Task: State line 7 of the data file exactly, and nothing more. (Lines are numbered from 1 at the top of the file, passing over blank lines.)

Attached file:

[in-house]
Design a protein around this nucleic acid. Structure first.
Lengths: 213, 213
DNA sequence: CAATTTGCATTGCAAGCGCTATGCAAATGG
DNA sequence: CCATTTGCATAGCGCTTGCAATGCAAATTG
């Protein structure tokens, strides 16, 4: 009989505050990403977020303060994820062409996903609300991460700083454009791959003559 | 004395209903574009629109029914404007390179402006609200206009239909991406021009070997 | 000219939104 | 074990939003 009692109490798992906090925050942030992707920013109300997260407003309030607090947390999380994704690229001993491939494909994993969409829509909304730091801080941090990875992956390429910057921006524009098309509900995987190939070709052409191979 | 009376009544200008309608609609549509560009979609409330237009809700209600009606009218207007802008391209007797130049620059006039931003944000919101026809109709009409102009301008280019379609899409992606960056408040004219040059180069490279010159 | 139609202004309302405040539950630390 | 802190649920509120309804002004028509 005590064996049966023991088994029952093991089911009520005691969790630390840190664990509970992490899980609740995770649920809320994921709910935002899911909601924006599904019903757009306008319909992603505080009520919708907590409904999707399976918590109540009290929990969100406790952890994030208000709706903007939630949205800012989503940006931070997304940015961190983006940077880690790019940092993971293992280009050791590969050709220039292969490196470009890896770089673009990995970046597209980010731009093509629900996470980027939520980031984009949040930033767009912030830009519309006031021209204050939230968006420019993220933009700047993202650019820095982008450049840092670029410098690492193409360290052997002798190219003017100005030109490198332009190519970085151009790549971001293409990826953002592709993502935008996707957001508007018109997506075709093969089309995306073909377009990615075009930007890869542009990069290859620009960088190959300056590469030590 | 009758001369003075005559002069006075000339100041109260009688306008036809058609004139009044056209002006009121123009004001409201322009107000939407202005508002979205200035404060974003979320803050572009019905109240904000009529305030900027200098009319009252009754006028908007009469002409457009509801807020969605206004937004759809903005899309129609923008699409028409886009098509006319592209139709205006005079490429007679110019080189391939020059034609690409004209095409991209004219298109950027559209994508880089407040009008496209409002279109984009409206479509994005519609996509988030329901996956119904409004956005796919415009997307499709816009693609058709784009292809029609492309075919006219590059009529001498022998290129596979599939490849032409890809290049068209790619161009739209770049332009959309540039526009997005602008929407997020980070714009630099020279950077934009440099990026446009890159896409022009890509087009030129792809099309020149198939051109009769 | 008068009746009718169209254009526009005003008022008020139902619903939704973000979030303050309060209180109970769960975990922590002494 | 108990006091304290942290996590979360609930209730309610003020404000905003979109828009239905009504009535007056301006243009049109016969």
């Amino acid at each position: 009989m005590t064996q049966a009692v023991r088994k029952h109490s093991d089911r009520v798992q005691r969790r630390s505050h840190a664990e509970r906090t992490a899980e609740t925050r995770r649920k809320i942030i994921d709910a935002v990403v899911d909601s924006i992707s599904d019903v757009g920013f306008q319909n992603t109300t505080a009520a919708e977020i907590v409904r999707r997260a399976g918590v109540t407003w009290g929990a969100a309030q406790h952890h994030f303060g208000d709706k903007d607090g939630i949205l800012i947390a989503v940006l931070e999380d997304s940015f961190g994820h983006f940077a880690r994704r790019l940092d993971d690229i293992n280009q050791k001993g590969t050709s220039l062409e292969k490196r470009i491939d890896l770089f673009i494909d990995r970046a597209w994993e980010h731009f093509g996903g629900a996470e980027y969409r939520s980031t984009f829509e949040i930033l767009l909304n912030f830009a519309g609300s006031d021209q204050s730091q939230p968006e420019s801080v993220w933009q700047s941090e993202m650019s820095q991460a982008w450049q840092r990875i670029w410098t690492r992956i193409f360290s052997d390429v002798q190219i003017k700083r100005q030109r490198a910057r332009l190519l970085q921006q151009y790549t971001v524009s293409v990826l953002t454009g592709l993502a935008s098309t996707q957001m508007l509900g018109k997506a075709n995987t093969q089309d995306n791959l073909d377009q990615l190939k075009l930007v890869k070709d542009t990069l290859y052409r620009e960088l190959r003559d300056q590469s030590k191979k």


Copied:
């Amino acid at each position: 009989m005590t064996q049966a009692v023991r088994k029952h109490s093991d089911r009520v798992q005691r969790r630390s505050h840190a664990e509970r906090t992490a899980e609740t925050r995770r649920k809320i942030i994921d709910a935002v990403v899911d909601s924006i992707s599904d019903v757009g920013f306008q319909n992603t109300t505080a009520a919708e977020i907590v409904r999707r997260a399976g918590v109540t407003w009290g929990a969100a309030q406790h952890h994030f303060g208000d709706k903007d607090g939630i949205l800012i947390a989503v940006l931070e999380d997304s940015f961190g994820h983006f940077a880690r994704r790019l940092d993971d690229i293992n280009q050791k001993g590969t050709s220039l062409e292969k490196r470009i491939d890896l770089f673009i494909d990995r970046a597209w994993e980010h731009f093509g996903g629900a996470e980027y969409r939520s980031t984009f829509e949040i930033l767009l909304n912030f830009a519309g609300s006031d021209q204050s730091q939230p968006e420019s801080v993220w933009q700047s941090e993202m650019s820095q991460a982008w450049q840092r990875i670029w410098t690492r992956i193409f360290s052997d390429v002798q190219i003017k700083r100005q030109r490198a910057r332009l190519l970085q921006q151009y790549t971001v524009s293409v990826l953002t454009g592709l993502a935008s098309t996707q957001m508007l509900g018109k997506a075709n995987t093969q089309d995306n791959l073909d377009q990615l190939k075009l930007v890869k070709d542009t990069l290859y052409r620009e960088l190959r003559d300056q590469s030590k191979k």